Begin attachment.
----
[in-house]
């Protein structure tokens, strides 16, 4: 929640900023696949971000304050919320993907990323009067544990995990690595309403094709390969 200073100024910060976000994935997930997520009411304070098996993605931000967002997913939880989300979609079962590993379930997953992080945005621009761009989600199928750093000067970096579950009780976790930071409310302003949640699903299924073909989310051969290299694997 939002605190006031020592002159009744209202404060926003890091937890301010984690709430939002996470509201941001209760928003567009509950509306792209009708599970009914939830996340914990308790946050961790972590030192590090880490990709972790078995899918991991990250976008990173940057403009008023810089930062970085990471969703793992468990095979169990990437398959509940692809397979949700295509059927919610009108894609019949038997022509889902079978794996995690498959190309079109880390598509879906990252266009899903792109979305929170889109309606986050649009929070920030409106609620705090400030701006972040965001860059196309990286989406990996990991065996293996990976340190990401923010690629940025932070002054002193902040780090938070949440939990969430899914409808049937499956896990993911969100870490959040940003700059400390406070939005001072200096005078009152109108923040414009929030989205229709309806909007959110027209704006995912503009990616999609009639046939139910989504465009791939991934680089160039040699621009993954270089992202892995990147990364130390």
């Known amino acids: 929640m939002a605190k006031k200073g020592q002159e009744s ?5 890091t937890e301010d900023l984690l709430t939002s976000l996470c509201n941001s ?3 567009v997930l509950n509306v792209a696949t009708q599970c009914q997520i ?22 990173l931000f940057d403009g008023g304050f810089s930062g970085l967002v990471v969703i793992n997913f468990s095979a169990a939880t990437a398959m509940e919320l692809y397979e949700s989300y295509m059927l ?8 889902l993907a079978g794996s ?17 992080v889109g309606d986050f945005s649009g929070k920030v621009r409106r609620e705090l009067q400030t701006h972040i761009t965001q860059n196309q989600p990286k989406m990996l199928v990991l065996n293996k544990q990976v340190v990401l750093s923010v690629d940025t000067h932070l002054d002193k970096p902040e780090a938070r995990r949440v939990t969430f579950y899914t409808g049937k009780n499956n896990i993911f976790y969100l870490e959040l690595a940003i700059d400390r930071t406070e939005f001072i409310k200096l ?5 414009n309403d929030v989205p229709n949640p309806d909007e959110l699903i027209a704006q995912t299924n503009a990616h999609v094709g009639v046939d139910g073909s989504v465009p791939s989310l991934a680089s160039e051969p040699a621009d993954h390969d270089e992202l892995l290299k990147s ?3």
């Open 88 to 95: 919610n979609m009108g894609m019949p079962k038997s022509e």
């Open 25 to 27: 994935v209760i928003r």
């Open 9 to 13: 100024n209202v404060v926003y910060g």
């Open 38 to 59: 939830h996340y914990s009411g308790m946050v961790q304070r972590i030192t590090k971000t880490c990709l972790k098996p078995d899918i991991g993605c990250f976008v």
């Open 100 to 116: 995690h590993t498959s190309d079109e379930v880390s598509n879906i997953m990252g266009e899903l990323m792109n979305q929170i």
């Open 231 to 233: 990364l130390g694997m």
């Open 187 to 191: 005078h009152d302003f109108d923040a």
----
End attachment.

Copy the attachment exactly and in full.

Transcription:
[in-house]
């Protein structure tokens, strides 16, 4: 929640900023696949971000304050919320993907990323009067544990995990690595309403094709390969 200073100024910060976000994935997930997520009411304070098996993605931000967002997913939880989300979609079962590993379930997953992080945005621009761009989600199928750093000067970096579950009780976790930071409310302003949640699903299924073909989310051969290299694997 939002605190006031020592002159009744209202404060926003890091937890301010984690709430939002996470509201941001209760928003567009509950509306792209009708599970009914939830996340914990308790946050961790972590030192590090880490990709972790078995899918991991990250976008990173940057403009008023810089930062970085990471969703793992468990095979169990990437398959509940692809397979949700295509059927919610009108894609019949038997022509889902079978794996995690498959190309079109880390598509879906990252266009899903792109979305929170889109309606986050649009929070920030409106609620705090400030701006972040965001860059196309990286989406990996990991065996293996990976340190990401923010690629940025932070002054002193902040780090938070949440939990969430899914409808049937499956896990993911969100870490959040940003700059400390406070939005001072200096005078009152109108923040414009929030989205229709309806909007959110027209704006995912503009990616999609009639046939139910989504465009791939991934680089160039040699621009993954270089992202892995990147990364130390």
């Known amino acids: 929640m939002a605190k006031k200073g020592q002159e009744s ?5 890091t937890e301010d900023l984690l709430t939002s976000l996470c509201n941001s ?3 567009v997930l509950n509306v792209a696949t009708q599970c009914q997520i ?22 990173l931000f940057d403009g008023g304050f810089s930062g970085l967002v990471v969703i793992n997913f468990s095979a169990a939880t990437a398959m509940e919320l692809y397979e949700s989300y295509m059927l ?8 889902l993907a079978g794996s ?17 992080v889109g309606d986050f945005s649009g929070k920030v621009r409106r609620e705090l009067q400030t701006h972040i761009t965001q860059n196309q989600p990286k989406m990996l199928v990991l065996n293996k544990q990976v340190v990401l750093s923010v690629d940025t000067h932070l002054d002193k970096p902040e780090a938070r995990r949440v939990t969430f579950y899914t409808g049937k009780n499956n896990i993911f976790y969100l870490e959040l690595a940003i700059d400390r930071t406070e939005f001072i409310k200096l ?5 414009n309403d929030v989205p229709n949640p309806d909007e959110l699903i027209a704006q995912t299924n503009a990616h999609v094709g009639v046939d139910g073909s989504v465009p791939s989310l991934a680089s160039e051969p040699a621009d993954h390969d270089e992202l892995l290299k990147s ?3």
């Open 88 to 95: 919610n979609m009108g894609m019949p079962k038997s022509e």
């Open 25 to 27: 994935v209760i928003r």
């Open 9 to 13: 100024n209202v404060v926003y910060g």
């Open 38 to 59: 939830h996340y914990s009411g308790m946050v961790q304070r972590i030192t590090k971000t880490c990709l972790k098996p078995d899918i991991g993605c990250f976008v």
């Open 100 to 116: 995690h590993t498959s190309d079109e379930v880390s598509n879906i997953m990252g266009e899903l990323m792109n979305q929170i």
């Open 231 to 233: 990364l130390g694997m």
């Open 187 to 191: 005078h009152d302003f109108d923040a």